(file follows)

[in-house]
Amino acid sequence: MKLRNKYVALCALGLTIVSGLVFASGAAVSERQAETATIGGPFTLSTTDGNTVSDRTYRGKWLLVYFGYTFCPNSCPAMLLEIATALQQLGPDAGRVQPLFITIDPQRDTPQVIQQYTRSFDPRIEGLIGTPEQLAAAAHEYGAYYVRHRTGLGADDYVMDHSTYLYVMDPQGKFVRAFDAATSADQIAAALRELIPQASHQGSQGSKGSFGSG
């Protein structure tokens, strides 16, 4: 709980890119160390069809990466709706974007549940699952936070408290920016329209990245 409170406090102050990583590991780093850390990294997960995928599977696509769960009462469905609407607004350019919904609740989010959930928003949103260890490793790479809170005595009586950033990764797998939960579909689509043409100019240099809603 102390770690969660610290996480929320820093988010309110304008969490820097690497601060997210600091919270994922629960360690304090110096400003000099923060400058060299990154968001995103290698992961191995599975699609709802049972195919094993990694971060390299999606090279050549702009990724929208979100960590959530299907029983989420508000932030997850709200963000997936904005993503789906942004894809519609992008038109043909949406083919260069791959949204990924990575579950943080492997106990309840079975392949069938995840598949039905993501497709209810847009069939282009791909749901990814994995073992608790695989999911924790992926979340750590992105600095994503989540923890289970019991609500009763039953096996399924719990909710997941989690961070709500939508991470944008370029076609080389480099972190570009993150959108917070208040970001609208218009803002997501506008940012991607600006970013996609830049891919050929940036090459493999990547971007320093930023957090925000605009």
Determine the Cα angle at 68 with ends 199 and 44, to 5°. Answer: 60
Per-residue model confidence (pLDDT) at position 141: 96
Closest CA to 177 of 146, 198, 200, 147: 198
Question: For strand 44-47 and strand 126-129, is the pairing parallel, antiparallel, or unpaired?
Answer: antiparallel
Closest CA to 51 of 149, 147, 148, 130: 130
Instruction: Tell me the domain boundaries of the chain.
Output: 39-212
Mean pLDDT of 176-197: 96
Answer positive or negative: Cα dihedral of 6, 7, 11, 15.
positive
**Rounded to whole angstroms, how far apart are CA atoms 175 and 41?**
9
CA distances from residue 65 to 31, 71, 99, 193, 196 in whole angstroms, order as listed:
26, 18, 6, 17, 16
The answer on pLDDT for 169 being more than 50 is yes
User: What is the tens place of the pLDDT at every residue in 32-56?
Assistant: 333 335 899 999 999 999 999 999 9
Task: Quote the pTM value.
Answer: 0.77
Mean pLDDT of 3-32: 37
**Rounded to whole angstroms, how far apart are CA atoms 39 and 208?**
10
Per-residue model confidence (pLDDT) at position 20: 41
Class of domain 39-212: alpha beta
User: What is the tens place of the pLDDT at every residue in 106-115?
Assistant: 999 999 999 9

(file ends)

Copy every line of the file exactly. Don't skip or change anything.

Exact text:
[in-house]
Amino acid sequence: MKLRNKYVALCALGLTIVSGLVFASGAAVSERQAETATIGGPFTLSTTDGNTVSDRTYRGKWLLVYFGYTFCPNSCPAMLLEIATALQQLGPDAGRVQPLFITIDPQRDTPQVIQQYTRSFDPRIEGLIGTPEQLAAAAHEYGAYYVRHRTGLGADDYVMDHSTYLYVMDPQGKFVRAFDAATSADQIAAALRELIPQASHQGSQGSKGSFGSG
């Protein structure tokens, strides 16, 4: 709980890119160390069809990466709706974007549940699952936070408290920016329209990245 409170406090102050990583590991780093850390990294997960995928599977696509769960009462469905609407607004350019919904609740989010959930928003949103260890490793790479809170005595009586950033990764797998939960579909689509043409100019240099809603 102390770690969660610290996480929320820093988010309110304008969490820097690497601060997210600091919270994922629960360690304090110096400003000099923060400058060299990154968001995103290698992961191995599975699609709802049972195919094993990694971060390299999606090279050549702009990724929208979100960590959530299907029983989420508000932030997850709200963000997936904005993503789906942004894809519609992008038109043909949406083919260069791959949204990924990575579950943080492997106990309840079975392949069938995840598949039905993501497709209810847009069939282009791909749901990814994995073992608790695989999911924790992926979340750590992105600095994503989540923890289970019991609500009763039953096996399924719990909710997941989690961070709500939508991470944008370029076609080389480099972190570009993150959108917070208040970001609208218009803002997501506008940012991607600006970013996609830049891919050929940036090459493999990547971007320093930023957090925000605009």
Determine the Cα angle at 68 with ends 199 and 44, to 5°. Answer: 60
Per-residue model confidence (pLDDT) at position 141: 96
Closest CA to 177 of 146, 198, 200, 147: 198
Question: For strand 44-47 and strand 126-129, is the pairing parallel, antiparallel, or unpaired?
Answer: antiparallel
Closest CA to 51 of 149, 147, 148, 130: 130
Instruction: Tell me the domain boundaries of the chain.
Output: 39-212
Mean pLDDT of 176-197: 96
Answer positive or negative: Cα dihedral of 6, 7, 11, 15.
positive
**Rounded to whole angstroms, how far apart are CA atoms 175 and 41?**
9
CA distances from residue 65 to 31, 71, 99, 193, 196 in whole angstroms, order as listed:
26, 18, 6, 17, 16
The answer on pLDDT for 169 being more than 50 is yes
User: What is the tens place of the pLDDT at every residue in 32-56?
Assistant: 333 335 899 999 999 999 999 999 9
Task: Quote the pTM value.
Answer: 0.77
Mean pLDDT of 3-32: 37
**Rounded to whole angstroms, how far apart are CA atoms 39 and 208?**
10
Per-residue model confidence (pLDDT) at position 20: 41
Class of domain 39-212: alpha beta
User: What is the tens place of the pLDDT at every residue in 106-115?
Assistant: 999 999 999 9